As always, the media have made a case of pointing out that the protesters don’t know what they’re doing, that they have no clear goals or political program. This is not true. The protesters’ demands are becoming more and more clear by the day. For instance, the workers and protesters of Tuzla — who are most progressive, politically coherent and articulated — have demanded more equal wages, health protection for the workers; legal action against economic crimes; the confiscation of illegally obtained wealth; a reassessment of the privatization process of the Dita, Polihem, Poliolhem, Gumara and Konjuh factories; the nationalization of the factories and the resumption of production under workers’ control; cutting down the privileges of the political elite; and so on. Of course, it is still difficult to tell how this nascent political program will develop and what parts of it are just rhetoric.
The “Plenum” of Tuzla
One of the most interesting and exciting aspects of the mobilization is the appearance in Tuzla — right at the center of the rebellion, where the former government handed in its resignation some days ago — of a revolutionary organizational body called the “plenum”. This plenum (or general assembly) is very similar to the original Russian soviets. The protesters are using them in order to reach collective decisions and demands in a direct democratic manner. What is interesting is that the idea of the plenum, as a political body for democratic decision-making, originated in the 2009 wave of student occupations in Croatia, while the Croatian student movement itself got the idea from the 2006 Belgrade student movement. This, in other words, is a fine example of post-Yugoslav left activist cooperation and mutual inspiration. The protesters in the capital Sarajevo and in the town of Zenica are now trying to organize a plenum as well.
Some of the demands of the Tuzla plenum, accepted by the remnants of the old government, were to form a new transitional canton government, made up of candidates suggested by the people of the region but excluding the people already compromised by taking part in previous governments or being members of the old political parties. The newly elected government should also have much lower wages and no additional privileges. The plenum is open for everybody to participate, discuss and vote, except for the members of the old parties and government (which essentially makes this “the dictatorship of the proletariat”, speaking in classical terms). Of course, while this kind of democratic decision-making is highly commendable, for now it seems mostly like a temporary phenomenon, which could be highly problematic when scaled up to the whole city (or even canton). The session on Monday, February 10 of the Tuzla plenum had, according to participants, approximately 200 people in attendance, while the population of Tuzla is about 130.000 people.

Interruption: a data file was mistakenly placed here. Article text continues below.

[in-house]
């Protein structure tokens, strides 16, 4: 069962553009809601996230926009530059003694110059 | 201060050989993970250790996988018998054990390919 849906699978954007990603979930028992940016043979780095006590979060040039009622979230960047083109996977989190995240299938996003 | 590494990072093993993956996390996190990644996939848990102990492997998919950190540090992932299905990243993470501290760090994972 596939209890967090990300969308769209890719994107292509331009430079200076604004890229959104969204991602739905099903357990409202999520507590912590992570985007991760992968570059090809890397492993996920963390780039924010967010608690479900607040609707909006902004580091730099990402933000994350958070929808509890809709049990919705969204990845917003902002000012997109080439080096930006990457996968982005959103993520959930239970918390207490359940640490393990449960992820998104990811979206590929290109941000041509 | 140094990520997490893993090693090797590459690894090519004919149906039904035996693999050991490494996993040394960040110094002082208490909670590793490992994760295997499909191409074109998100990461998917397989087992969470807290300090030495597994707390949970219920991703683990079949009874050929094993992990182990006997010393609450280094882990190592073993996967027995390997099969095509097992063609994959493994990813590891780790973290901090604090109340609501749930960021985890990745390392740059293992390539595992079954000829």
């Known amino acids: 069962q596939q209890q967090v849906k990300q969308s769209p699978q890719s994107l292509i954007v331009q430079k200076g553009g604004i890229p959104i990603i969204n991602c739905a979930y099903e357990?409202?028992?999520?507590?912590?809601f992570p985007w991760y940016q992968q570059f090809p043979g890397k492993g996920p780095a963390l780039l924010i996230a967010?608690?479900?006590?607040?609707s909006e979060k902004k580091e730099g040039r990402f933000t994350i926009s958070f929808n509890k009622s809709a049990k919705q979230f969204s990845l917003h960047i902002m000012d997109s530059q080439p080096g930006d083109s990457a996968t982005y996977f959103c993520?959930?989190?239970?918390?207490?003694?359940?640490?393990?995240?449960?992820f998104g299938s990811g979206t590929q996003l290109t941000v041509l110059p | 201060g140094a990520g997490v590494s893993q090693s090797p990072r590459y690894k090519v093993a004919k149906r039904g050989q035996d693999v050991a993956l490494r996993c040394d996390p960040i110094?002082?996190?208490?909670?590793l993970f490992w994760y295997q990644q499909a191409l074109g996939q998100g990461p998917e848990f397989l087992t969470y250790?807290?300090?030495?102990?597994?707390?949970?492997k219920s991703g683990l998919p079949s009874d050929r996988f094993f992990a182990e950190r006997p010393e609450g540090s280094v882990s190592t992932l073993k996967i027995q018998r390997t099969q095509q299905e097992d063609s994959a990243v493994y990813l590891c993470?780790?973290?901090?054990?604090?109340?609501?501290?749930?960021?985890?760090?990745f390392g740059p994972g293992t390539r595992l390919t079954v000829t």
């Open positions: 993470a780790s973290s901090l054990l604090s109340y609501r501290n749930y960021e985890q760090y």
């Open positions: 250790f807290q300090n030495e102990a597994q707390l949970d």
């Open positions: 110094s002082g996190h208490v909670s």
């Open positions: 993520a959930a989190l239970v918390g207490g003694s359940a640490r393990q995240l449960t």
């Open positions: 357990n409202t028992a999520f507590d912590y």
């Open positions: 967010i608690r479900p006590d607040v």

Beyond “Core Parochialism”
It is impossible to tell how these events will unfold in the future. One thing is certain, though: Bosnia and Herzegovina (and the region as a whole) will not be the same after this. One could say that a lot has already been achieved (at least symbolically), especially when one considers the fact that in Bosnia and Herzegovina — and in former Yugoslavia in general — there are no real mass organizations of the left. Now, after just a week of protests, popular ideas and the public discourse are already beginning to change. The elite will definitely be more afraid of the people in the future, not just in Bosnia and Herzegovina. One can only hope that all of this will feed into the formation and growth of progressive forces and organizations in the country.
The dramatic developments of the past week have caused quite a stir in the country and among its neighbors. In the West, however, the events have so far been largely ignored. While the international media devote a lot of attention to Ukraine, where the EU and the US have concrete vested interests, the social upheaval in Bosnia and Herzegovina (which is, admittedly, a much smaller country), is largely ignored. Clearly the rebellion of workers and the unemployed is not a very positive development from the point of view of Europe’s neoliberal status quo, especially since neighboring Croatia is the EU’s newest member. What is curious, however, is that the European Left also remains largely silent. This is not very laudable for a political force that revels in its own internationalism.
The Left in the developed countries of the West should work much harder on overcoming its own “core parochialism”. Left internationalism and global solidarity cannot just be a theoretical exercise; it must be practiced as well. Radical and progressive social forces in Europe and North America should not just satisfy themselves by looking at “selected topics” in their own immediate environment. It’s not just that the people in Bosnia and Herzegovina need international support; it’s also that their rebellion constitutes a very interesting and important development for the international left. It shows that the global cycle of struggles that began in 2011 is still very much alive.